Monday, April 25, 2005

Circumventing the Science paywall

Evolution Can't Be Taught in 270 Minutes -- Firenze and O'Brien 308 (5721): 495b -- Science:
We were pleased and gratified to read that Jennifer Miller chose to walk out on her ninth-grade biology classes rather than read the unnecessary and misleading statement foisted upon her by the school board ("Dover teachers want no part of intelligent-design statement," J. Mervis, News Focus, 28 Jan., p. 505). However, we were dismayed to read that she "will spend at most three 90-minute classes on the topic--the last unit of the year..." Evolution is not a "unit." It is the greatest unifying theme in all of biology and must be incorporated from day one throughout the academic year.

For six years, we conducted a series of graduate institutes for science teachers entitled "Evolution and the Nature of Scientific Inquiry: Using Evolution as a Central Theme in Life Science Courses." Seven recommendations emerged: (i) Science teachers should be required to take a course in the history and philosophy of science. (ii) Evolution needs to be addressed early in the educational system in a nonapologetic, noncontroversial fashion (1). (iii) Undergraduate courses in the life sciences should be taught with an overt evolutionary theme. (iv) Life science teachers should be required to take a course in evolution. (v) Life science textbooks need to be written with the permeating themes of the nature of science and evolution. (vi) Science teachers must cover much less material but in much greater depth. (vii) Teachers should work to erase the false dichotomy that exists between evolution and religion.

Richard F. Firenze
Biology Department
Broome Community College
Binghamton, NY 13902, USA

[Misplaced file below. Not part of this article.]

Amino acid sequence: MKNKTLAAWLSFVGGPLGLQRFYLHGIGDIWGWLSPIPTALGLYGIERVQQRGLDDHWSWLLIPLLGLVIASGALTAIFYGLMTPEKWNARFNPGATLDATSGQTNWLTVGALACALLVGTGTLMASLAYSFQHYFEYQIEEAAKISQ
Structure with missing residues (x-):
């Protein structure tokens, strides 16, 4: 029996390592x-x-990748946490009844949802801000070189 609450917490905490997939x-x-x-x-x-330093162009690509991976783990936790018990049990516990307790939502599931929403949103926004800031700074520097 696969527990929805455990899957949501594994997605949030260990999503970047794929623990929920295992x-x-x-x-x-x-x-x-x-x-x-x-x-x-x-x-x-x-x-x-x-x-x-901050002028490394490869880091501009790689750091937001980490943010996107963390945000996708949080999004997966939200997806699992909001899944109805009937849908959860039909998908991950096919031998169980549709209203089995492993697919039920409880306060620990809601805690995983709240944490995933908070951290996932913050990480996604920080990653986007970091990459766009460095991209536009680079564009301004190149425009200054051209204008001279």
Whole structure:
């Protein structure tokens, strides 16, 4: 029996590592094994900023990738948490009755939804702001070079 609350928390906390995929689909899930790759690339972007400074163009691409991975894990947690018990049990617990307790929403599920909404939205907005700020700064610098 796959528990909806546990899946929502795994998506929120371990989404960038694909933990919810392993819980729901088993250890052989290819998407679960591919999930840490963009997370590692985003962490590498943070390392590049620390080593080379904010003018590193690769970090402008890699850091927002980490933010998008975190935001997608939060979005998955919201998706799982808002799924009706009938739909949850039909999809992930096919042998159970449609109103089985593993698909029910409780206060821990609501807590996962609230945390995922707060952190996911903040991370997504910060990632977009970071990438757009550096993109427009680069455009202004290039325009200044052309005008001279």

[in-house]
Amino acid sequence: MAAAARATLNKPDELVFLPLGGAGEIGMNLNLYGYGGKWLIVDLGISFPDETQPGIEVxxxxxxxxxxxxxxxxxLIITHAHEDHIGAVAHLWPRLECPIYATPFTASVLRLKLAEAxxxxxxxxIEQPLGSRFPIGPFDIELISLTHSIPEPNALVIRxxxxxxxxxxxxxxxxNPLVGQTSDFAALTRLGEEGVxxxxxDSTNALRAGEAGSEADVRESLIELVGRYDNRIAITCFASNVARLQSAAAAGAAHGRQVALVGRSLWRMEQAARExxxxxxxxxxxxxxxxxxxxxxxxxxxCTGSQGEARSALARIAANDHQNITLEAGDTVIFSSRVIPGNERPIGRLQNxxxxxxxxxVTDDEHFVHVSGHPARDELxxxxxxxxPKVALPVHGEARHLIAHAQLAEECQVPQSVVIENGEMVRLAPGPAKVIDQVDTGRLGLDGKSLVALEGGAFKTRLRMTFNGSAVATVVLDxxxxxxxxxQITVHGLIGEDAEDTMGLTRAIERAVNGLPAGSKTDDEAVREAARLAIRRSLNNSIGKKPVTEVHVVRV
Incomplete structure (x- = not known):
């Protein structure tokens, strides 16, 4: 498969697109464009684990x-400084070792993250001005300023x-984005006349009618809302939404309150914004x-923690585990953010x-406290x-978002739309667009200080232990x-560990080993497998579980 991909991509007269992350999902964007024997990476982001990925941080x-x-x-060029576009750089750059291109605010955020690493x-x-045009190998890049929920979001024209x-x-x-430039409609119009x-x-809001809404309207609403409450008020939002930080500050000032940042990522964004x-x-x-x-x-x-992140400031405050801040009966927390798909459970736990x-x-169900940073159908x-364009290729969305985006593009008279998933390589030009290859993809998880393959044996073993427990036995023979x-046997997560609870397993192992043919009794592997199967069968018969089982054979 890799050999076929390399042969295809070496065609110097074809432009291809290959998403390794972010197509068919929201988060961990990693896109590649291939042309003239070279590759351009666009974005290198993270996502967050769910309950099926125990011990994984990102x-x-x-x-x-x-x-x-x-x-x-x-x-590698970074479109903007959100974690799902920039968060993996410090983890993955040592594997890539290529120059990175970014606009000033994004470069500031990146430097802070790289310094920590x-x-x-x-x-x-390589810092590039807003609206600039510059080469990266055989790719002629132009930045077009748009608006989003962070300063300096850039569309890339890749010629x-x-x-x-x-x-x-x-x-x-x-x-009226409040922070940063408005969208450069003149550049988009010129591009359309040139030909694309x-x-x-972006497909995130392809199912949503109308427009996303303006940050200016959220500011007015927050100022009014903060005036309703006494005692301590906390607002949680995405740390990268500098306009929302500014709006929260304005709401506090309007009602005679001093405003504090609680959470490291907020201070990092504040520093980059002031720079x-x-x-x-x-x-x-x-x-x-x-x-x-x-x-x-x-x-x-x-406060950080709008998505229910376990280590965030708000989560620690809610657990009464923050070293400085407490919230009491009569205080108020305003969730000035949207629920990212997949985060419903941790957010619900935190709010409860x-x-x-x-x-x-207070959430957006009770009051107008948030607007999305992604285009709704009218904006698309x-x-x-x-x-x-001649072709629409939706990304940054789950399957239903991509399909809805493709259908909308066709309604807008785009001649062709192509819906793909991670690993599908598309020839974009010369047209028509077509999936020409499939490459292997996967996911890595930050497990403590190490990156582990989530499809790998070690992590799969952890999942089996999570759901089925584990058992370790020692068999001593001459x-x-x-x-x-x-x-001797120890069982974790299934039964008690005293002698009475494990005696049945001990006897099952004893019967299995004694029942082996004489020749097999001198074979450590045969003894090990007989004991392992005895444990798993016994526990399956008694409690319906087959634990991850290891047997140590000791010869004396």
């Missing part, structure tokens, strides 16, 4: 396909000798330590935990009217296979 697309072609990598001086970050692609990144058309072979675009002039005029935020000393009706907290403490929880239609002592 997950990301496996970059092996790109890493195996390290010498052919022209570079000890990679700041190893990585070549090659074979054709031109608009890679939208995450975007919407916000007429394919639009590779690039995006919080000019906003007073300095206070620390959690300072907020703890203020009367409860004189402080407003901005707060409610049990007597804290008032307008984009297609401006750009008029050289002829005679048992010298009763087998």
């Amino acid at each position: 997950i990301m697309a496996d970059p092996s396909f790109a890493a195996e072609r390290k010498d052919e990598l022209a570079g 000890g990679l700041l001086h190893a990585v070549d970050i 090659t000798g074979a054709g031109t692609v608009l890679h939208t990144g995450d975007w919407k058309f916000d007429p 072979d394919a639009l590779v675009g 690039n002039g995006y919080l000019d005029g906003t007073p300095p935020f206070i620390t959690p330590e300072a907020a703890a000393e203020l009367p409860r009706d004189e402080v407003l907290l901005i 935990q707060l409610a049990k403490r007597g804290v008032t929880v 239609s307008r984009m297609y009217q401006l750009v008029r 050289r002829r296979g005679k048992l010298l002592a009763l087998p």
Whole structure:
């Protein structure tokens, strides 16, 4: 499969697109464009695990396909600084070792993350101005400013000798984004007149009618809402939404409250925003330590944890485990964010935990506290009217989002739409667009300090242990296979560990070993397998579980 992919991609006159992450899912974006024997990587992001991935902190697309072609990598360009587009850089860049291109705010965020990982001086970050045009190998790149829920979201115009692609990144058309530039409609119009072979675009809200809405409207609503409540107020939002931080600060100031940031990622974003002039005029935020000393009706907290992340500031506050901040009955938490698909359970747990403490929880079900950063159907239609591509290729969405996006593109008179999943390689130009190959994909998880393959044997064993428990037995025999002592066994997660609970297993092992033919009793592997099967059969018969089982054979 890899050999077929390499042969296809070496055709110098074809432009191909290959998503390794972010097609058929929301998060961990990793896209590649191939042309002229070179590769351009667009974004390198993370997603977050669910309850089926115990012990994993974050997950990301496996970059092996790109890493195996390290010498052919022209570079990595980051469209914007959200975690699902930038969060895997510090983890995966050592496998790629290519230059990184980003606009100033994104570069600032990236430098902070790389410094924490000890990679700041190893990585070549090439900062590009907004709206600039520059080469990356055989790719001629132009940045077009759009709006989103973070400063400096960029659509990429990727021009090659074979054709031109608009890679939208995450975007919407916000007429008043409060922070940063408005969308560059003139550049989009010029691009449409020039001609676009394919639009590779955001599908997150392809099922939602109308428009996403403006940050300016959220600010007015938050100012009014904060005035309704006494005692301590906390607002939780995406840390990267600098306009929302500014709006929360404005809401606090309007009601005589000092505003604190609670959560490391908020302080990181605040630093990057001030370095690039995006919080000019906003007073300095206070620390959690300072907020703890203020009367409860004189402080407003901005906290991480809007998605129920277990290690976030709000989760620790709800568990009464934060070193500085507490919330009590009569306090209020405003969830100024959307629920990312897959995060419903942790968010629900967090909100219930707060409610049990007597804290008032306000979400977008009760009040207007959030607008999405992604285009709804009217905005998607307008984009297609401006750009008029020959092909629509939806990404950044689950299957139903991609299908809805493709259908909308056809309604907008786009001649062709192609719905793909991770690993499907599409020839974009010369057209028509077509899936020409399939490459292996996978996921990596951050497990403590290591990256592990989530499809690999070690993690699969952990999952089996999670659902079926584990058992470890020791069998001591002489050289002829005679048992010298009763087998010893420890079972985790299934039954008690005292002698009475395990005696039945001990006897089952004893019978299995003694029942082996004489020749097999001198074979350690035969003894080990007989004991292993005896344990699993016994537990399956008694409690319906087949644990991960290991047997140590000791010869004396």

Thomas O'Brien
Center for Science, Mathematics, and Technology Education
Binghamton University
Binghamton, NY 13905, USA.
How many states require biology teachers to have a course in evolution? How many science teachers have had a history and philosophy of science course?

These are good recommendations. Teachers are on the front lines of this fight, and are often unprepared to engage the deeper issues. The ones who took these courses, or who gathered the material for themselves, are the ones standing up for good science. The ones without the background are the ones hoping this debate skips their town.

That's not a criticism of teachers. They work hard and try to stay current in the field they teach and in the education field. However, science teachers aren't doing what needs to be done as far as showing students how science works. Labs are mostly intended to get canned results from externally driven experiments. Lectures and textbooks are lists of facts to memorize, rather than ideas to grapple with. We need small classes so teachers can have discussions, we need better textbooks so the kids know where to turn for more detail, and we need every school aged child to have daily access to the internet, to explore ideas and details with greater care.

Small classes aren't just a buzzword. Socratic dialog is as essential in science as it is in English. Imagine an English class where the teacher spent an hour telling you about Huck Finn, instead of leading a class discussion. It's madness. Parents would tear the school down, burn the remains, and salt the earth. But that's how every science class is taught.